Four main groups of people have been put at risk by the production and use of asbestos
- People mining and milling crude asbestos or making asbestos products.
- Workers in the building industry using asbestos products (e.g. pipe fitters and construction workers).
- People who come across asbestos in their daily routine (plumbers, electricians, carpenters, etc.).
- The families of workers who bring dust home on their clothes.
Asbestos-related lung diseases
Asbestosis is a non-cancerous, irreversible lung disease that occurs when asbestos fibres are inhaled over long periods. The disease progresses even once exposure to asbestos is stopped. Scar tissue forms, which stiffens and distorts the lungs, making it harder to breathe. The blood supply to the lungs is altered so they cannot work as well as normal and this puts the heart under strain. Asbestos fibres cause the air sacs to thicken, which reduces the amount of oxygen taken up and the amount of carbon dioxide removed. Higher exposure increases the chances of developing asbestosis and reduces the time it takes to develop.
Cancers due to asbestos
Mesothelioma is a type of cancer that starts in the lung lining (the pleura). It can develop 20–70 years after exposure to even small amounts of blue or brown asbestos. It is most common in older men and it is likely to become more common in the next few years. It causes chest pain and breathlessness and there may be fluid between the pleura and the chest cavity (this is called pleural effusion). The cause can be found by taking a detailed exposure history. Most patients die within a year of the cancer being found, and treatment is usually to relieve symptoms. Workers exposed to large amounts of asbestos are at risk of lung cancer (bronchial carcinoma). This disease is likely to appear 15–20 years after exposure and has claimed the most lives of all asbestos-related diseases. Asbestos-related cancers are predicted to cause about 500,000 deaths by 2030 in western Europe.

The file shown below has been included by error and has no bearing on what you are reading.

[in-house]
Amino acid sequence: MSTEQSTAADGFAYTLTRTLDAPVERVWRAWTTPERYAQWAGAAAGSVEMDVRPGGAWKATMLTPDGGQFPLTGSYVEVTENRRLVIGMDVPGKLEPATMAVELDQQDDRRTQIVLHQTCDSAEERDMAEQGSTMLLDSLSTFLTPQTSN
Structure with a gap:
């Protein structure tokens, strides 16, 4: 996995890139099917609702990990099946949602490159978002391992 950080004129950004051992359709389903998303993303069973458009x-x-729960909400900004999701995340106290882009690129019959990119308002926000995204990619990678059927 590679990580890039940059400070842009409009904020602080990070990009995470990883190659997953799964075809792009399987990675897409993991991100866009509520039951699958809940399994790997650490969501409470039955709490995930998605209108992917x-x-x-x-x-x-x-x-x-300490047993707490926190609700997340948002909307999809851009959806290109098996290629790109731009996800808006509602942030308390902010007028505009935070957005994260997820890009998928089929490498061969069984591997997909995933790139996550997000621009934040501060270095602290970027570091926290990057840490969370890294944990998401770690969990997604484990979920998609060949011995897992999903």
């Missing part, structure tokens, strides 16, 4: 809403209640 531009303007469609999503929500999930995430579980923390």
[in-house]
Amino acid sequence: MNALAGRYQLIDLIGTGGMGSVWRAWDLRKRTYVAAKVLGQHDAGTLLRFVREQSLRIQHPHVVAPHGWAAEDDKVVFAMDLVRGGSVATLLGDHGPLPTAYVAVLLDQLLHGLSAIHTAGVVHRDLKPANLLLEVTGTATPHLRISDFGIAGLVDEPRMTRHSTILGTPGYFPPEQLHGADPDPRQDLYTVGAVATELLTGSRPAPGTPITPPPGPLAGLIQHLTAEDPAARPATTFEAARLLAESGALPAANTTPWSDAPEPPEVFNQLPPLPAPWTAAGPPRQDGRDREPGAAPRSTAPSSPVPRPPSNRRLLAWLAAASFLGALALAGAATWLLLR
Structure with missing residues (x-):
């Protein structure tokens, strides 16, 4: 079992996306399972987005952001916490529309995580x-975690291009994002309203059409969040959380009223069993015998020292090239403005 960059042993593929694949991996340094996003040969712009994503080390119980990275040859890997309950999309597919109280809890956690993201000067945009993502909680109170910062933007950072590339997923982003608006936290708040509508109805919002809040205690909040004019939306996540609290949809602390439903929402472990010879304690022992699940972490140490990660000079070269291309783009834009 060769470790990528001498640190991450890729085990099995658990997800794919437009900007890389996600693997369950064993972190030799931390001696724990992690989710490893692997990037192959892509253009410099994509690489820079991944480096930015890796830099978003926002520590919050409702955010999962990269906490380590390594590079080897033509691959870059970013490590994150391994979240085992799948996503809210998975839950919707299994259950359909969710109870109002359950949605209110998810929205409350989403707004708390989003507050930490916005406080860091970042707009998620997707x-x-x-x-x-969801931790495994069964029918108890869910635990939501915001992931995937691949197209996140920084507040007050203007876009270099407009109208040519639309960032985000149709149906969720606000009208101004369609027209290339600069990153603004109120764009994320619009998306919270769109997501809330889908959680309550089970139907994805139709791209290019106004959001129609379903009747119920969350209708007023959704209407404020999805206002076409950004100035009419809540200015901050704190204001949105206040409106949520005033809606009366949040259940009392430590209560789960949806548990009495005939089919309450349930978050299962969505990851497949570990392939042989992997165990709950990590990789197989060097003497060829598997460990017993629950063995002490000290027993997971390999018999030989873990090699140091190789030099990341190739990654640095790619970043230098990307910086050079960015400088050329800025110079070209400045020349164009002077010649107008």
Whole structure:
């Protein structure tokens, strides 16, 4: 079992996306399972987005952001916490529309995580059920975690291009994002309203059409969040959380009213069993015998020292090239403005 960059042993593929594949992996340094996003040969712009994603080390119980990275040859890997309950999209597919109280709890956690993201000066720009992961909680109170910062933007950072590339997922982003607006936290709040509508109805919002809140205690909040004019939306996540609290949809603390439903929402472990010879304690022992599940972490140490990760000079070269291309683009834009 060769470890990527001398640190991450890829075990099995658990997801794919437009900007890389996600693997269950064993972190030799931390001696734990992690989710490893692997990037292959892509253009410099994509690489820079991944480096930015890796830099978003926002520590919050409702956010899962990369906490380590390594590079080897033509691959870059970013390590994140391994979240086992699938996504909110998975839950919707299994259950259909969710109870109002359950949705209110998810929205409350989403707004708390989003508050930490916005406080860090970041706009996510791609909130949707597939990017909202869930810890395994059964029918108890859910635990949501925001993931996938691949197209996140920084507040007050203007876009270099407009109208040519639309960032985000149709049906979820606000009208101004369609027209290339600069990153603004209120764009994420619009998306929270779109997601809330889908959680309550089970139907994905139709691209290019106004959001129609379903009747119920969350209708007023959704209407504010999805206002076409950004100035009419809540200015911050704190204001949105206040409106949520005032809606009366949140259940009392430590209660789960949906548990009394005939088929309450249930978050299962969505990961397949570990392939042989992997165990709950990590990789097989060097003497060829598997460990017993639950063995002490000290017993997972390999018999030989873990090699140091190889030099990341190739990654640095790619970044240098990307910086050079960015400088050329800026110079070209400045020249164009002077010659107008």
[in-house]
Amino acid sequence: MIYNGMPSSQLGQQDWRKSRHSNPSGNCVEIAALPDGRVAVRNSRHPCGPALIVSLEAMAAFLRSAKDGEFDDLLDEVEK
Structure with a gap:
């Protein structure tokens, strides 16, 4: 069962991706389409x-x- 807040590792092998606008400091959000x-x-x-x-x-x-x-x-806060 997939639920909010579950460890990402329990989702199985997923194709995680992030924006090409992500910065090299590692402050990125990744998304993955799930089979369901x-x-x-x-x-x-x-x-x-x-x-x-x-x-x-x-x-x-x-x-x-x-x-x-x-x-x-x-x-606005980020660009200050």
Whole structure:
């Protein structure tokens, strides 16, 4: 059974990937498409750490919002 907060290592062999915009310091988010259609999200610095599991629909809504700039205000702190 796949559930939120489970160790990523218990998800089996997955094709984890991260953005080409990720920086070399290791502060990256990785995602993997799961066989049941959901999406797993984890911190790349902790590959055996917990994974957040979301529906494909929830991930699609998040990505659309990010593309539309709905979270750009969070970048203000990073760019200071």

Other lung conditions due to asbestos
Asbestos can also cause a thickening in the membrane lining the lungs and chest cavity (diffuse pleural thickening), which can be painful and make patients feel breathless. It can also cause areas of scar tissue, called pleural plaques, to form. Pleural plaques do not cause symptoms, and they are not cancerous. Smoking accelerates disease progression and increases the risk of lung cancer in people with asbestosis.